We all know KTM because this brand has won many off-road racing awards.

The KTM brand focuses on manufacturing off-road motorcycles known for their strong performance. KTM riders are often more adventurous, which is why they enjoy riding on small roads, rough terrain, and muddy trails. That’s why people often say, “KTM loves playing in the mud.”

In 1934, Austrian engineer Hans Trunkenpolz established an assembly plant and automotive repair shop in a place called Mattighofen in northern Austria, and named it KTM.

In 1937, KTM entered the motorcycle field and began selling DKW motorcycles. You may not be familiar with DKW, but you definitely know Audi. Audi is an automobile brand that was formed by the merger of DKW, Audi, Horch, and Wanderer.

In 1939, World War II broke out. During the war, KTM gradually developed into the largest repair shop in Austria, specializing in diesel engine maintenance.

After the end of World War II, the demand for combat repair work drastically decreased, and KTM was forced to switch gears and consider producing its own motorcycles. Germany, as a defeated country, faced restrictions on industrial production, and even BMW had to obtain permission from the United States in 1947 to produce its first motorcycle.

KTM was also affected by these circumstances. It was not until 1951 that their first motorcycle, the R100, was introduced. In the same year, they participated in a local motorcycle race and achieved third place. While the engine was produced by a subsidiary of Bombardier, all other components of this motorcycle were manufactured in-house.

In 1953, the R100 entered mass production, but KTM only had 20 employees at that time, resulting in a production rate of three motorcycles per day. Surprisingly, with this manufacturing speed, KTM delivered 1,000 motorcycles in a year and also won the Austrian National Championship in the 125cc category.

In 1956, KTM participated in the International Six Days Enduro, the oldest off-road motorcycle race in history, and won the championship.

In 1970, KTM started producing its own 250cc engine, marking the first step in independent research and development, laying a solid foundation for future growth.

By 1971, KTM had increased its workforce to 400 employees and offered 42 different models in its product lineup. At this time, KTM not only focused on civilian motorcycles but also produced professional motorcycles exclusively for racing in the motorcycle racing industry.

Regenerate response

In 1973, KTM introduced its highly renowned Enduro models. That same year, the Austrian team, predominantly racing with KTM motorcycles, secured the off-road motorcycle world championship by breaking the world record once again.

In 1988, the four major Japanese motorcycle manufacturers—Honda, Suzuki, Yamaha, and Kawasaki—entered the motorcycle market. With better quality and higher fuel efficiency, the Japanese brands almost overnight dominated the lightweight motorcycle market. As a result, KTM ceased its production of scooter motorcycles that year.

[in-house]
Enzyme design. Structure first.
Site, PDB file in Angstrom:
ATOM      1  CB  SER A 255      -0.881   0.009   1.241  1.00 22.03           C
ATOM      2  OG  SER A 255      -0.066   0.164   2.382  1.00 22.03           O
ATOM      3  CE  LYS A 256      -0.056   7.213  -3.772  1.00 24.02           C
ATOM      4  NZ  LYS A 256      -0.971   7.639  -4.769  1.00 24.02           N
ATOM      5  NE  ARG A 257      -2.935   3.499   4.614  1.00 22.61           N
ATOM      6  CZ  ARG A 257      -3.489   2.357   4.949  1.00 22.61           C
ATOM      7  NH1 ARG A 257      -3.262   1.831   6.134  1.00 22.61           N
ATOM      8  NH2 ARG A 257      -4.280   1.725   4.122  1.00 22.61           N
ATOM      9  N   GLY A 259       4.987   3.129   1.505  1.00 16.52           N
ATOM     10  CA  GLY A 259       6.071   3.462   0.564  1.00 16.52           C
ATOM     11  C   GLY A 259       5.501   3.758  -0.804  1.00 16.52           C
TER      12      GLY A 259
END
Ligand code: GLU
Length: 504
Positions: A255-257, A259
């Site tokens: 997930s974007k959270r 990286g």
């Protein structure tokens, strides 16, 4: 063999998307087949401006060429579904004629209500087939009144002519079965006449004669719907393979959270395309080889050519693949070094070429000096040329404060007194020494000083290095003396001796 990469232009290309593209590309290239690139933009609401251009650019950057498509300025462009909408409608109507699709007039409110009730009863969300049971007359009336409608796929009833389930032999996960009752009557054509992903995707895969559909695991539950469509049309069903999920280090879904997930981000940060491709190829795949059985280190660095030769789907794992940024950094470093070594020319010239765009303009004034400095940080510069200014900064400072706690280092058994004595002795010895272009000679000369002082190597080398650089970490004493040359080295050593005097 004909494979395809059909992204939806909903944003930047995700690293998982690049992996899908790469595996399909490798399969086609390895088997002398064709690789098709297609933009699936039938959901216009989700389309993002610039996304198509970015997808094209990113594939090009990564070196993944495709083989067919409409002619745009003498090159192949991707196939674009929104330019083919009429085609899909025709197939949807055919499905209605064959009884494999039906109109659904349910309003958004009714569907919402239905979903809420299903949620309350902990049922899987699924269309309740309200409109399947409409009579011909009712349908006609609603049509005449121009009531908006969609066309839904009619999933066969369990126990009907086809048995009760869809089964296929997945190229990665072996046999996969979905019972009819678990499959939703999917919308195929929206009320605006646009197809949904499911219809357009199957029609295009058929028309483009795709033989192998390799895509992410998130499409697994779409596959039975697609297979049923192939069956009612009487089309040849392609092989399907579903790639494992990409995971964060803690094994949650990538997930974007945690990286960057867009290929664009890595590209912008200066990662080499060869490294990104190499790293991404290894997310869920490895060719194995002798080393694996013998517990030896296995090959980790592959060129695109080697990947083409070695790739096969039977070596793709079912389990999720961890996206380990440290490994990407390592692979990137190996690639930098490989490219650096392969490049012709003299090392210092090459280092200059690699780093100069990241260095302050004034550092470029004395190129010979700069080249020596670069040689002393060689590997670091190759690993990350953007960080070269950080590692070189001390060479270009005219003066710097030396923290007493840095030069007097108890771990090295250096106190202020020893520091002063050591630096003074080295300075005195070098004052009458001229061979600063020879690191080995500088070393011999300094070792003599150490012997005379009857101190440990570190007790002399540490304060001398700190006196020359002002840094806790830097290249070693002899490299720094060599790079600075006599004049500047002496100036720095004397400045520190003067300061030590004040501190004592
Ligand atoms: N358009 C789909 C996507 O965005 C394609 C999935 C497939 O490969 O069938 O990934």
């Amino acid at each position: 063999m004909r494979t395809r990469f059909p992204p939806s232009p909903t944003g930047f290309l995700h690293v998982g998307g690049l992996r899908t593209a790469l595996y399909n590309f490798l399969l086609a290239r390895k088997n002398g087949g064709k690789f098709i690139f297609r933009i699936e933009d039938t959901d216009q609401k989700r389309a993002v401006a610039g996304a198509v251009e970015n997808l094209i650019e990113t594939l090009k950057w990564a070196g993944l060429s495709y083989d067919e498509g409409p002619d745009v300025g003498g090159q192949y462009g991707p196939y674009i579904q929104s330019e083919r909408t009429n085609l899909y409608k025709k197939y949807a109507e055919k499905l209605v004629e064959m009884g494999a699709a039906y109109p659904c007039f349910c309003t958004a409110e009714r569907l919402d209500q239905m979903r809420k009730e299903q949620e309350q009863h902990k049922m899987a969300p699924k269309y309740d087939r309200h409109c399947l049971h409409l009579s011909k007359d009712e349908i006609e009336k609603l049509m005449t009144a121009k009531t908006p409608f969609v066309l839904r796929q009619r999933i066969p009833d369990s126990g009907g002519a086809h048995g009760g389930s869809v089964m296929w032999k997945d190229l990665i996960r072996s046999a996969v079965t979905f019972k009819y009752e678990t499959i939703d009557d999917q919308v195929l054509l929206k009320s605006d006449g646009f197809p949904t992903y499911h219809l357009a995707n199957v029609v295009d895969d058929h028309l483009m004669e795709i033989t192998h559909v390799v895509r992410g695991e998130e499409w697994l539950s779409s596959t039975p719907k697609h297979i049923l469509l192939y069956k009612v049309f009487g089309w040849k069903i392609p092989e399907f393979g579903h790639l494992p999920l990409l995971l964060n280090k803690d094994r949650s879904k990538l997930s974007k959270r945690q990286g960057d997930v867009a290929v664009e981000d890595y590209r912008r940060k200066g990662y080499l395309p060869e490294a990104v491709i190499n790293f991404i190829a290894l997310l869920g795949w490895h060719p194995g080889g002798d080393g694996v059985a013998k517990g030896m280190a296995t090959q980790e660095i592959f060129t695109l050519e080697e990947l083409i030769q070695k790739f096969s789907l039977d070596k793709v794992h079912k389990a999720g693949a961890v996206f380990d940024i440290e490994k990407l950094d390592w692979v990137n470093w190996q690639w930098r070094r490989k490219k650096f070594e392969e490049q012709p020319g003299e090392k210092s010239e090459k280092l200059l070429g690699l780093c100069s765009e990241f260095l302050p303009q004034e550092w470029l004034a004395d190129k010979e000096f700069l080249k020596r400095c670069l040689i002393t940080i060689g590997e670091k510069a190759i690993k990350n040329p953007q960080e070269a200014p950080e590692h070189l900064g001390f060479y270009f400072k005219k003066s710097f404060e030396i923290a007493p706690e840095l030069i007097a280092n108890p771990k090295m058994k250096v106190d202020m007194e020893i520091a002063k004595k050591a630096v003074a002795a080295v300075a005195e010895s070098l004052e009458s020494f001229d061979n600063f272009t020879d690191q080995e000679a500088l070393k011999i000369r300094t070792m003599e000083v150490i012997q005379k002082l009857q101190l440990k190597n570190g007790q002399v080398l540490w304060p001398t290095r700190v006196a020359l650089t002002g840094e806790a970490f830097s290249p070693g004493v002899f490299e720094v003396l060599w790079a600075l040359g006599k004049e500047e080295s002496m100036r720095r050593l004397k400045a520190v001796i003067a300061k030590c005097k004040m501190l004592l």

The following year, 51% of KTM’s shares were sold. Despite KTM’s continued success in off-road motorcycle races worldwide, it did not significantly contribute to the company’s financial performance. Austrian politician Josef Taus led the acquisition of KTM in 1989, aiming to bring KTM back to its peak.

In 1991, the poorly managed KTM company filed for bankruptcy. At that time, KTM consisted of four divisions: motorcycles, radiators, bicycles, and tools.

In 1992, the motorcycle division of KTM was restructured and named KTM Sportmotorcycle GmbH. The Austrian spirit of perseverance and the mindset of “getting up from where you fall” deeply permeated every KTM employee. Even after the establishment of the new company, KTM continued to strive towards becoming the king of off-road motorcycles.

In 1993, KTM’s perseverance quickly paid off. They achieved victories in all five classes at the American Atlas Rally, once again dominating the racing scene.

Since then, KTM has entered an unstoppable phase. In 2001, they won the Dakar Rally in their second participation and held onto that record for 18 years. In 2010, KTM’s racing bikes claimed the titles of all 172 off-road motorcycle world championships held that year, earning the well-deserved title of “Off-Road King.”

In 2011, the orange storm continued as KTM secured its 10th Dakar Rally trophy, conquering the world’s most challenging off-road race. In the following years, KTM won numerous honors, particularly in off-road and extreme cold weather challenges.

In 2012, two significant events occurred. First, KTM participated in the MotoGP3 championship. Second, they collaborated with Bajaj, the second-largest motorcycle manufacturer in India, to develop the Duke 200 and successfully introduced it to the market, making KTM the second-largest motorcycle manufacturer in the world. As of now, KTM has won a total of 213 world championships.